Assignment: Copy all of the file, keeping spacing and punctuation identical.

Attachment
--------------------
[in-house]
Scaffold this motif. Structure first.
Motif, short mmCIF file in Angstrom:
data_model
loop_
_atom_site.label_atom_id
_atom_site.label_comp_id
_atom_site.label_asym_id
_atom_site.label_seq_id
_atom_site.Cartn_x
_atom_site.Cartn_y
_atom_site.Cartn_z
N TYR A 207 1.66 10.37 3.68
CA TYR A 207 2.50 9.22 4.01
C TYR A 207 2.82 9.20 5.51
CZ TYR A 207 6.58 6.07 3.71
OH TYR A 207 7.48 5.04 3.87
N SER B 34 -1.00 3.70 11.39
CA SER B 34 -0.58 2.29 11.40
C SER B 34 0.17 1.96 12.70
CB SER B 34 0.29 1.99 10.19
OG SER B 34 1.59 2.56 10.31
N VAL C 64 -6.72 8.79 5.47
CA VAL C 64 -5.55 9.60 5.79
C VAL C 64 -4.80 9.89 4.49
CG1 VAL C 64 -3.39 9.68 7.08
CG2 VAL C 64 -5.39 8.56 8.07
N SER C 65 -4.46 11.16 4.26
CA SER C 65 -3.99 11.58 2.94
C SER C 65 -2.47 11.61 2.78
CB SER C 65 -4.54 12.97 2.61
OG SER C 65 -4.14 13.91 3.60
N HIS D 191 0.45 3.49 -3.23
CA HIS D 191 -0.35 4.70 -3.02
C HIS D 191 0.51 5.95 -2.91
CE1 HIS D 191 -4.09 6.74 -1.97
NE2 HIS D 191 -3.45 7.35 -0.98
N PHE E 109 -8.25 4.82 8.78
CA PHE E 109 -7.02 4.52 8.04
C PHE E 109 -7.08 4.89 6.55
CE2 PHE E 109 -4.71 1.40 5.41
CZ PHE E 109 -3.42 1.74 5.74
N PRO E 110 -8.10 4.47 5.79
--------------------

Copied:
[in-house]
Scaffold this motif. Structure first.
Motif, short mmCIF file in Angstrom:
data_model
loop_
_atom_site.label_atom_id
_atom_site.label_comp_id
_atom_site.label_asym_id
_atom_site.label_seq_id
_atom_site.Cartn_x
_atom_site.Cartn_y
_atom_site.Cartn_z
N TYR A 207 1.66 10.37 3.68
CA TYR A 207 2.50 9.22 4.01
C TYR A 207 2.82 9.20 5.51
CZ TYR A 207 6.58 6.07 3.71
OH TYR A 207 7.48 5.04 3.87
N SER B 34 -1.00 3.70 11.39
CA SER B 34 -0.58 2.29 11.40
C SER B 34 0.17 1.96 12.70
CB SER B 34 0.29 1.99 10.19
OG SER B 34 1.59 2.56 10.31
N VAL C 64 -6.72 8.79 5.47
CA VAL C 64 -5.55 9.60 5.79
C VAL C 64 -4.80 9.89 4.49
CG1 VAL C 64 -3.39 9.68 7.08
CG2 VAL C 64 -5.39 8.56 8.07
N SER C 65 -4.46 11.16 4.26
CA SER C 65 -3.99 11.58 2.94
C SER C 65 -2.47 11.61 2.78
CB SER C 65 -4.54 12.97 2.61
OG SER C 65 -4.14 13.91 3.60
N HIS D 191 0.45 3.49 -3.23
CA HIS D 191 -0.35 4.70 -3.02
C HIS D 191 0.51 5.95 -2.91
CE1 HIS D 191 -4.09 6.74 -1.97
NE2 HIS D 191 -3.45 7.35 -0.98
N PHE E 109 -8.25 4.82 8.78
CA PHE E 109 -7.02 4.52 8.04
C PHE E 109 -7.08 4.89 6.55
CE2 PHE E 109 -4.71 1.40 5.41
CZ PHE E 109 -3.42 1.74 5.74
N PRO E 110 -8.10 4.47 5.79